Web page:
Normalizing Homosexuality (pt 2)

Examining the Drastic Changes in Public Opinion—The 1990s

In the early 1990s, I remember RuPaul getting a lot of attention in entertainment news. While I had seen Jamie Foxx portray “Wanda” on In Living Color, and Martin portray “Sheneneh” on The Martin Lawrence Show, and even heard about Flip Wilson’s portrayal of “Geraldine,” I never knew of any Black men so serious about dressing up like a woman they would make a career out of it. RuPaul’s appearance in the 1990s introduced the concept of a national figure (in my day) who didn’t care about what other people thought about his choices. While his presence was liberating to some, for the most part, homosexuality was still seen as unacceptable.

Later, during my high school years, I remember philosophies starting to change. I don’t know if I can put my finger on why, but it seemed like people were becoming more open-minded. In the black community, when rumors surfaces that certain celebrities were gay, I remember people saying they didn’t care what others did in the privacy of their bedrooms, as long as they didn’t approach them… For the first time, I also remember there being an intellectual debate around homosexuality. Where as in the past, the Bible was enough evidence to support the immorality of homosexuality, it became insufficient in philosophical  debates that argued that homosexuality was natural, and that animals exhibited homosexual behavior. The argument that homosexuality was nature and not nurture was prevalent and talks of a “gay gene” promoted the idea that people are born gay. It was also during this time that homosexuality became a “lifestyle.” Historical Black figures like James Baldwin, Bayard Rustin, and Angela Davis were presented as evidence that homosexuality had been in the Black community for a long time.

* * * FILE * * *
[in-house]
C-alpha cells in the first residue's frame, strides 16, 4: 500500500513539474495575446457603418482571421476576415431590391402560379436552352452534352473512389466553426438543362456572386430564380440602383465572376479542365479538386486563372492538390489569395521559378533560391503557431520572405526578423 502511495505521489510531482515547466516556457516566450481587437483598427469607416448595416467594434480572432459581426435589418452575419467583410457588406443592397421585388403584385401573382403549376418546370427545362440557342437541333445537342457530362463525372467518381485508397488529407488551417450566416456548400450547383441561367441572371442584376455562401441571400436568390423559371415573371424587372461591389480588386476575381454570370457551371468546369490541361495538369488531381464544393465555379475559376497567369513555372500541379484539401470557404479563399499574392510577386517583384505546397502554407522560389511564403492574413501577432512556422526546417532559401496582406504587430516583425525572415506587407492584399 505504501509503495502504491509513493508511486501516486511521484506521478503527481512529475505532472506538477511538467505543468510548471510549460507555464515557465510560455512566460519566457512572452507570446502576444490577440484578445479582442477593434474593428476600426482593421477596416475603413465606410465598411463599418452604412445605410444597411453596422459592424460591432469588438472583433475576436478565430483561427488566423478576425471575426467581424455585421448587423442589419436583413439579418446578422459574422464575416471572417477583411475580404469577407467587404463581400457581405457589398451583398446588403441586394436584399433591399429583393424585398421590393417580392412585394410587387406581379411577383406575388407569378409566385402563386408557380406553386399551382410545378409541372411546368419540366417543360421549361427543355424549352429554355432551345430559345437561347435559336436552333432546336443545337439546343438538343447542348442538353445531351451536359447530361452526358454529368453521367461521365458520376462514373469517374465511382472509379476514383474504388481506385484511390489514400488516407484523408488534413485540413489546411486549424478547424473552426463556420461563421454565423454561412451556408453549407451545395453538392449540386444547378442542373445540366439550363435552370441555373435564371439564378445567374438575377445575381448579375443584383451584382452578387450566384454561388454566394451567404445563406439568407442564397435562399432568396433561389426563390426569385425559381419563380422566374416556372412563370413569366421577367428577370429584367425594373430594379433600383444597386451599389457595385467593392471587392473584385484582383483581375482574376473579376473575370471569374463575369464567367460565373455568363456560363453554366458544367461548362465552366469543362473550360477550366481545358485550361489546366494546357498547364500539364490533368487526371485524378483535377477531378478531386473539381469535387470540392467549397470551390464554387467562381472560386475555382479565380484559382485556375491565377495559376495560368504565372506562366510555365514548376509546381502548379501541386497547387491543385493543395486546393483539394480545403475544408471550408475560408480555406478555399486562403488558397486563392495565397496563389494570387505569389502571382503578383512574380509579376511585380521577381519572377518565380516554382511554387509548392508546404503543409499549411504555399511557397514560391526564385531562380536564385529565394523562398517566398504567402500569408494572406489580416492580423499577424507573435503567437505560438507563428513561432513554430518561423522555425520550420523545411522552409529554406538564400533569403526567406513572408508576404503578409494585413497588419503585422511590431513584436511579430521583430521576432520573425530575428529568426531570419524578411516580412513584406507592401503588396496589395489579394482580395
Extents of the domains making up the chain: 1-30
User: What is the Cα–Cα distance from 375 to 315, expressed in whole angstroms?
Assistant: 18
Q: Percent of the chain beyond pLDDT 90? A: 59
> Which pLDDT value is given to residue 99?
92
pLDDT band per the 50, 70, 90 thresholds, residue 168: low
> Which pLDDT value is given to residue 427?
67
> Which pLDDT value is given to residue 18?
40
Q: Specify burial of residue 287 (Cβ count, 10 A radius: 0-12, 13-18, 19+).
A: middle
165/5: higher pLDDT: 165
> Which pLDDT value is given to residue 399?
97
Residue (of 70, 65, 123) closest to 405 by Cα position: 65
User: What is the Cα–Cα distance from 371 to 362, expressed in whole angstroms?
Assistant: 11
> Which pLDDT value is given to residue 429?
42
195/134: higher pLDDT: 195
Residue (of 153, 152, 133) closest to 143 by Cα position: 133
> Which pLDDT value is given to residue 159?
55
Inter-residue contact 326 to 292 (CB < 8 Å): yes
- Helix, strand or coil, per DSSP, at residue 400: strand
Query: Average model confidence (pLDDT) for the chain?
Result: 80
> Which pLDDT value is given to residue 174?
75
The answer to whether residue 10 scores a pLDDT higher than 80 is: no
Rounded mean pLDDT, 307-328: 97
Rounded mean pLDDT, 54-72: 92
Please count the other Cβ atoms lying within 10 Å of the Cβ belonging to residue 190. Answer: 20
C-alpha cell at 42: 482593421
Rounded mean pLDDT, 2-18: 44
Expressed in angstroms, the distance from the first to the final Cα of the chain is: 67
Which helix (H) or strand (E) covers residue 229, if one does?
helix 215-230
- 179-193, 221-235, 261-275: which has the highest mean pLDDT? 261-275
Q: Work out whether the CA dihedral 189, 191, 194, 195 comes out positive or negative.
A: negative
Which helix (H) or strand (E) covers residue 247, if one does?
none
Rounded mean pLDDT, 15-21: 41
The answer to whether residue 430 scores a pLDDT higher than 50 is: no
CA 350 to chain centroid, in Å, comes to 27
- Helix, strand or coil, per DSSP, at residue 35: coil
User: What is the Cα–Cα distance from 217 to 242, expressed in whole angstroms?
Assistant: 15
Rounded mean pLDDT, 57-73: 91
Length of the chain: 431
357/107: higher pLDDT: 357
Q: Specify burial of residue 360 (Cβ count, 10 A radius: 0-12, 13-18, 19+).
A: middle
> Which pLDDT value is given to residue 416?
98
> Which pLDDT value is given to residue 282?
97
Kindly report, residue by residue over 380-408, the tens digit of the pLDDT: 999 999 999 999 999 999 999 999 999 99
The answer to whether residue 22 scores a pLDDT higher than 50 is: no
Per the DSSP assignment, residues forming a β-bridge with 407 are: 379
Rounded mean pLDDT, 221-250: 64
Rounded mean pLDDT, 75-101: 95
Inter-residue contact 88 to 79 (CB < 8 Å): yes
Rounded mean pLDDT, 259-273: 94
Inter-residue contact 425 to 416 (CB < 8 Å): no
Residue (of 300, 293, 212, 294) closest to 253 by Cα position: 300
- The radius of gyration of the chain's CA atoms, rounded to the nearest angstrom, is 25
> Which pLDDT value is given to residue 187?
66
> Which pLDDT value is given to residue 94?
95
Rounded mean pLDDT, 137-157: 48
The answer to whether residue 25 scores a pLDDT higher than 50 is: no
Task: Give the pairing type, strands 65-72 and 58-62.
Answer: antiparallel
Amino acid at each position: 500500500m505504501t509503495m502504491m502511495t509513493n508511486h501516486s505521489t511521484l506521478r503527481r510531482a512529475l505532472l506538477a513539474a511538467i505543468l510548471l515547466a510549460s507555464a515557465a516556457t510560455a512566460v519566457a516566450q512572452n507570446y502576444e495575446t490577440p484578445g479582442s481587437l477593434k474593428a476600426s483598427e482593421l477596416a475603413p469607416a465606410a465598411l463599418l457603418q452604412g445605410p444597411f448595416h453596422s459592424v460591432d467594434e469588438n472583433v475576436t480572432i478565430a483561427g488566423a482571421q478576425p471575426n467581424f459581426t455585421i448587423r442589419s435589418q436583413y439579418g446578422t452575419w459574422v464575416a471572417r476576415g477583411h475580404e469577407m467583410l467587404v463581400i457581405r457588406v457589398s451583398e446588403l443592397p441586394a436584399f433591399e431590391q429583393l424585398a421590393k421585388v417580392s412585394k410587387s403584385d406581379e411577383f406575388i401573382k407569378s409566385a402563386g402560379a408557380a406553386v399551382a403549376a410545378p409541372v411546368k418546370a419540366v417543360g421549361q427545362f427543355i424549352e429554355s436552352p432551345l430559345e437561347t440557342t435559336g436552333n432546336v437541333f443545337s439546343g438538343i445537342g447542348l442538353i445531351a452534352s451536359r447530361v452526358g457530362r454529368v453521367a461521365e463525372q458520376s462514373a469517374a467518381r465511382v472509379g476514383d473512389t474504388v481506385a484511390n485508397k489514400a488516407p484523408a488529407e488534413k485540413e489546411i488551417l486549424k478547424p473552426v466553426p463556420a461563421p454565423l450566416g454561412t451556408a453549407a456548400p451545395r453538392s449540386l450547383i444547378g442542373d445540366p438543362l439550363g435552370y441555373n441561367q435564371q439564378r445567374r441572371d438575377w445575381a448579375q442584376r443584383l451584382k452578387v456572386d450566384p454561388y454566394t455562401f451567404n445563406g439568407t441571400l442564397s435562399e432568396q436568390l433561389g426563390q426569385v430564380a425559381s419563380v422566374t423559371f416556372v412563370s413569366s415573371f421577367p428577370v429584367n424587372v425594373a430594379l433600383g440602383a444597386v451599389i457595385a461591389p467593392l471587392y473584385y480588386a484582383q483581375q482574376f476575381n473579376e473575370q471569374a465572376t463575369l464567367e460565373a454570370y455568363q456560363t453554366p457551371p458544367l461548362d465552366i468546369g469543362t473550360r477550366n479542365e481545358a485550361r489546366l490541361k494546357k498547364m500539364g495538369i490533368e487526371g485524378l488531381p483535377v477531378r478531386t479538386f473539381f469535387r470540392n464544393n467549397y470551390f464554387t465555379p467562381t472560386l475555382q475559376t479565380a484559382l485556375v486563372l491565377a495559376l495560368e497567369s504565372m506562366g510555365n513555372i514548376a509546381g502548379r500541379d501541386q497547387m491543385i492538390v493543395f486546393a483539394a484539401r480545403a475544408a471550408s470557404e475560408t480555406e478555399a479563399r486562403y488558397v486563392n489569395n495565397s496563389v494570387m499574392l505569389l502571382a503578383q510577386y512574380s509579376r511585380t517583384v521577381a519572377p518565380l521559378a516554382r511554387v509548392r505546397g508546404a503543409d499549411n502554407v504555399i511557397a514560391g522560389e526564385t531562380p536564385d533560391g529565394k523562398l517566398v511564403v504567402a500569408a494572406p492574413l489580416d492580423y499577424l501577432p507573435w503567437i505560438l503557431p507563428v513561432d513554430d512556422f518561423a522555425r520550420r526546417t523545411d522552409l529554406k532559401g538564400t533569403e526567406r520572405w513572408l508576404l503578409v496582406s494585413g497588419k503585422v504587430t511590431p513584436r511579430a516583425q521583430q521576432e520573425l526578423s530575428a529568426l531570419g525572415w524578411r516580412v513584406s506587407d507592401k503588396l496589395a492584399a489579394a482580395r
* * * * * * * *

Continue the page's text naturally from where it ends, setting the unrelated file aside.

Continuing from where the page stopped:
I think Ellen Degeneres was one of the first famous people to come out of the closet. And when she did, she made waves. As I recall, the waves were not all waves of disapproval. Yes, her show was canceled later (some may say because of her falling ratings that resulted in her sexuality), but her coming out had a ripple effect that did not only influence other celebrities to come out of their own closets, it also shifted public opinion as a whole. We will see more of this as we make our way into the new millennium.


What do you remember about the public opinion of homosexuality from the 90s?

Next post: Examining the Drastic Changes in Public Opinion—The 2000s

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